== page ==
The physical and mechanical characteristics including dimensional ratios of the various elements comprising the planar magnetic tiles are important considerations in balancing tradeoffs for building extended three-dimensional structures. This is particularly important in providing adequate connection forces between tiles having weak magnets. In general, it is possible to calculate the magnetic flux density with the use of mathematical modeling including finite element analysis and then confirm the model with measured comparisons. Typically, the geometries that are modeled are simple and limited in relative spatial orientations. In building extended three-dimensional constructions as illustrated in
As the angle between tiles is reduced further (
The discussion above regarding flux lines was based on general principles of magnetic fields and observation of prototype constructions. These hypotheses were presented only to provide a perspective on the basic mechanisms that are believed to be responsible for providing the functional benefits over the range of conditions appropriate for magnetic building tiles. Determination of the actual magnetic flux densities in space to verify this perspective for the specific systems disclosed has not been done. Verification of the flux line perspective provided is not essential to use the inventive concepts of this disclosure, and the application of the inventive concepts is not dependent upon the accuracy or completeness of these hypothetical perspectives. Representative test results that show the dependence upon key factors that influence functionality in building extended three-dimensional structures will be provided below.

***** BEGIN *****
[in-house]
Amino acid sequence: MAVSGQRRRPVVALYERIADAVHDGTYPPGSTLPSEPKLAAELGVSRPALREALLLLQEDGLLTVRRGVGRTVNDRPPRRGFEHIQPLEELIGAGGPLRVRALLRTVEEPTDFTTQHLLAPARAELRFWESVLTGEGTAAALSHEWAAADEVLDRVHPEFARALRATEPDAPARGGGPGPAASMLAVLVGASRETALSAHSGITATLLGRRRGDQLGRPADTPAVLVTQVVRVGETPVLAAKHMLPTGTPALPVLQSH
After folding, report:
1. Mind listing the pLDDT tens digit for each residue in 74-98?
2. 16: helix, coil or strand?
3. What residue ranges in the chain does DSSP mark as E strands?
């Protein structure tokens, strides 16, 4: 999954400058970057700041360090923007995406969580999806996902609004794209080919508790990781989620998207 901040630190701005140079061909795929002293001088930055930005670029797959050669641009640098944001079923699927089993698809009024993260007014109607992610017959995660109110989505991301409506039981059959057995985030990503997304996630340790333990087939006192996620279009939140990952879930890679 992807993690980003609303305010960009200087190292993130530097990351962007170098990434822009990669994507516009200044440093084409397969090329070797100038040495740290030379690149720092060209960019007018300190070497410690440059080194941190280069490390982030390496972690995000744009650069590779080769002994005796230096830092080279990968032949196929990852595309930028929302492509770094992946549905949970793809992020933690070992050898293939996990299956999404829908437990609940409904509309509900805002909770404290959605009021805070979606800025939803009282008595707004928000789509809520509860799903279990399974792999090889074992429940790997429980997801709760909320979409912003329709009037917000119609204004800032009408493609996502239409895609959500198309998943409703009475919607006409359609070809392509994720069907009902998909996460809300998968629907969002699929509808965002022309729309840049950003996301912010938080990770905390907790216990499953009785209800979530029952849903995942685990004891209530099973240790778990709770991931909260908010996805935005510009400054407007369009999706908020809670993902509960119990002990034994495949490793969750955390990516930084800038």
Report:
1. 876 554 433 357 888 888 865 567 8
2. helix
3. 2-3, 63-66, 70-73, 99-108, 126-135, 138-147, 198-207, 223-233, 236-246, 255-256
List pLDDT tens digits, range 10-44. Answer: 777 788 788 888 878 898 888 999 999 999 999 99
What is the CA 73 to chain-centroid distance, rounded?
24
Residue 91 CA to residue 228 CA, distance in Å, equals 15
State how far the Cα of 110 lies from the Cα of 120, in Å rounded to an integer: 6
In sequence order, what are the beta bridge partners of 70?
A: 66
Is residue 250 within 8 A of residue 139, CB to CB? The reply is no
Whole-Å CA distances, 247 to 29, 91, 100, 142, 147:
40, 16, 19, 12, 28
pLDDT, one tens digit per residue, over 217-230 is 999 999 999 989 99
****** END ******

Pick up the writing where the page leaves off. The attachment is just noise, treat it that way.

In general, higher magnetic attractive forces result from larger magnets. In the case of magnetic tile construction toys, the increased weight from increased magnet size must be considered since this will influence how high a structure can be built or how many tiles may be held in a cantilevered position or otherwise suspended. Under a limited range of geometric and core characteristic configurations, weak plastic magnets can provide sufficient functionality in building extended three-dimensional structures to entertain children.
Adding weight with larger magnets should be avoided if there is not a commensurate increase in attractive force at the angles of interest for constructing extended 3-dimensional structures.
After a predetermined minimum force is achieved, the uniformity of attractive force over the angles of interest for tiles is also an important consideration. The minimum forces can be predetermined from test structures and normalized by total tile weight. For example, the ability to suspend a chain of 5 square tiles from a construction set may be used as such a minimum force requirement that is also easily tested. Such a hanging configuration is based upon the pull strength at 180 degrees.